51. 51
    Paul Giem says:

    AVS,

    You’re mostly right. Always be careful of saying “always”. 😉 Protein shape is not “entirely” dependent on amino acid sequence. We don’t know how rare chaperone help for folding is, but it definitely happens some of the time. A cause can be necessary without being sufficient. And the shape of the pre-prion protein is definitely not the most stable shape, or otherwise prions could not form. (And some of the bonds holding proteins in shape can be covalent, such as disulfide bonds.)

    Now that I have your attention, what do you think of the creationist class that scored 99th percentile on the evolutionary biology, and what did you think of the Nelson-Velasco debate? (Those were, after all, the subjects of the original post.)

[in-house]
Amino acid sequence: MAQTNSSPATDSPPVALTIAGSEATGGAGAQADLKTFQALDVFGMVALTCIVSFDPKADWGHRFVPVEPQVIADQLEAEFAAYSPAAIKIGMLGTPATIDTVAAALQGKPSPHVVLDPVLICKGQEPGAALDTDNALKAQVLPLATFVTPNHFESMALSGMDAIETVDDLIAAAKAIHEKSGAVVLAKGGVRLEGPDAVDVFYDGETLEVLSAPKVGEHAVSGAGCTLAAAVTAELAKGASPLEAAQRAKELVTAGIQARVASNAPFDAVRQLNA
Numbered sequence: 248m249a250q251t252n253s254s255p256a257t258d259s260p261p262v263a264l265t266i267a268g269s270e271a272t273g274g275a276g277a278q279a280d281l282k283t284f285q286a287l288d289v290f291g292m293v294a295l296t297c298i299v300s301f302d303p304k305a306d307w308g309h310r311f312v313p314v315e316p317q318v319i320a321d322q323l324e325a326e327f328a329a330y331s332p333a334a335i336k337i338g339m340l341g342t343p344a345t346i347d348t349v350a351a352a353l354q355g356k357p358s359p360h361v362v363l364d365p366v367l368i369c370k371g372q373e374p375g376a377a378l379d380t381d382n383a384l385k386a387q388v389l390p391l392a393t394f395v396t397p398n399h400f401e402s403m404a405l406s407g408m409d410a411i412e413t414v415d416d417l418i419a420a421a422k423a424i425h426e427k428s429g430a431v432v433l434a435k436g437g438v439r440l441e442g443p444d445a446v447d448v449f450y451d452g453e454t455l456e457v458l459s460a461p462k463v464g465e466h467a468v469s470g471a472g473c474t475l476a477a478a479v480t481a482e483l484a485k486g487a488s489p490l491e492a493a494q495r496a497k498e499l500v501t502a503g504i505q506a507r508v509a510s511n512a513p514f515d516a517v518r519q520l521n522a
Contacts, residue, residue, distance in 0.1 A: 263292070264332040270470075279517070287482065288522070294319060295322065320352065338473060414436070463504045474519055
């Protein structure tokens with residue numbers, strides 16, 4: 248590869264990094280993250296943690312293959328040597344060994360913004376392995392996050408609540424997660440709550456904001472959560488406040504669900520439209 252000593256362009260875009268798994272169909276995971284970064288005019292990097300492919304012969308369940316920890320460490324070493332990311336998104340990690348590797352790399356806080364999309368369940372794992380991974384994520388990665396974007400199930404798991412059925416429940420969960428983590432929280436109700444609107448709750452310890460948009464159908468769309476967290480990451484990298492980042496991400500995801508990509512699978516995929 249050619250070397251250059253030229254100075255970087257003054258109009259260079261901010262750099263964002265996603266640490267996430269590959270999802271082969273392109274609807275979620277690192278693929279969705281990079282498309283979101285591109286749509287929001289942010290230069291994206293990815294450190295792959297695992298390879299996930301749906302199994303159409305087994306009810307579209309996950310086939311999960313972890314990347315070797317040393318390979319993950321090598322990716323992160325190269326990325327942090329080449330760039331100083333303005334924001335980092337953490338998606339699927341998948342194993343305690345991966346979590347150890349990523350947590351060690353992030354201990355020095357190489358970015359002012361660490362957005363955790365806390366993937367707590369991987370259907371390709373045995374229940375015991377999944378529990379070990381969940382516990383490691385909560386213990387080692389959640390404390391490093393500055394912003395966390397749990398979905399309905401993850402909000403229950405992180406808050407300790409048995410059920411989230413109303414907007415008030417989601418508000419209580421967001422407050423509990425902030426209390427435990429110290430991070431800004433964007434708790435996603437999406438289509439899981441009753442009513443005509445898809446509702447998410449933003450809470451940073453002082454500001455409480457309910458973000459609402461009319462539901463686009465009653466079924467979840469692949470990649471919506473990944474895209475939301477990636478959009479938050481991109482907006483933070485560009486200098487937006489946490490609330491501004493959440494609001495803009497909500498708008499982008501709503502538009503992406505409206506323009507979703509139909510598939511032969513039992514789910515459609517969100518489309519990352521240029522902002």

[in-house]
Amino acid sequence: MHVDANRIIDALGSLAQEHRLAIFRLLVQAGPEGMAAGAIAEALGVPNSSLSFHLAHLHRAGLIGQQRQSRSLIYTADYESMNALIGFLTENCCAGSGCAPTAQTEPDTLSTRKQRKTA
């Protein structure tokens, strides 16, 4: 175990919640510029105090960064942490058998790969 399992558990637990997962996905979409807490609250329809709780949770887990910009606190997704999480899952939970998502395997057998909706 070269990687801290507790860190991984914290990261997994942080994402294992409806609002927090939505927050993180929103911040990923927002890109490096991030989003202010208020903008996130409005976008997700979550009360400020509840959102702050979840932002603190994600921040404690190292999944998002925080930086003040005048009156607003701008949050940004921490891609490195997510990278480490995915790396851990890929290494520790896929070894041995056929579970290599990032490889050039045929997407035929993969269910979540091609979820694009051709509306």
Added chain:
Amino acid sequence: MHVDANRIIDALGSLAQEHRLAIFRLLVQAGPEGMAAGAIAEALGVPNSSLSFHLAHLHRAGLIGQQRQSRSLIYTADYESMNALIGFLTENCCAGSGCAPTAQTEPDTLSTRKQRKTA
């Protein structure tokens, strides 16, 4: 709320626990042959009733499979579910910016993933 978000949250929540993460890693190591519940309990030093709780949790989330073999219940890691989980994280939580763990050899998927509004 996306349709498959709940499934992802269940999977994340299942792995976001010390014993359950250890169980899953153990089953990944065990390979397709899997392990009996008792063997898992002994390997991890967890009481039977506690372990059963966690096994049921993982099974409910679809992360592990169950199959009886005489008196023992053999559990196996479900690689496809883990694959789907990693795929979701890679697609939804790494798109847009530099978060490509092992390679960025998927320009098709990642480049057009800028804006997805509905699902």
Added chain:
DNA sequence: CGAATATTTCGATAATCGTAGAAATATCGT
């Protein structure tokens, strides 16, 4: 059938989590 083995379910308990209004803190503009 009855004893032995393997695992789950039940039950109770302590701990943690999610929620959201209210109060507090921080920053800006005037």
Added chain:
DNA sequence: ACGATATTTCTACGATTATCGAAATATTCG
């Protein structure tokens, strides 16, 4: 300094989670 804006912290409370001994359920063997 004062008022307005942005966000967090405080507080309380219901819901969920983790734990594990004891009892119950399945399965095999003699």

52. 52
    AVS says:

    Very true, if I have learned anything about biology it is that there is always an exception to the rule. But I think you would find it extremely difficult to find a process that doesn’t rely on the amino acids of the protein to determine folding. To my knowledge chaperones function by making the proper folding process that is driven by the primary sequence more favorable. Also I think the native state of the pre-prion protein is more stable, the problem is when a specific part of the protein becomes unfolded, it cooperatively unfolds the rest of the protein and catalyzes more and more unfolding of more of that protein. that’s my understanding.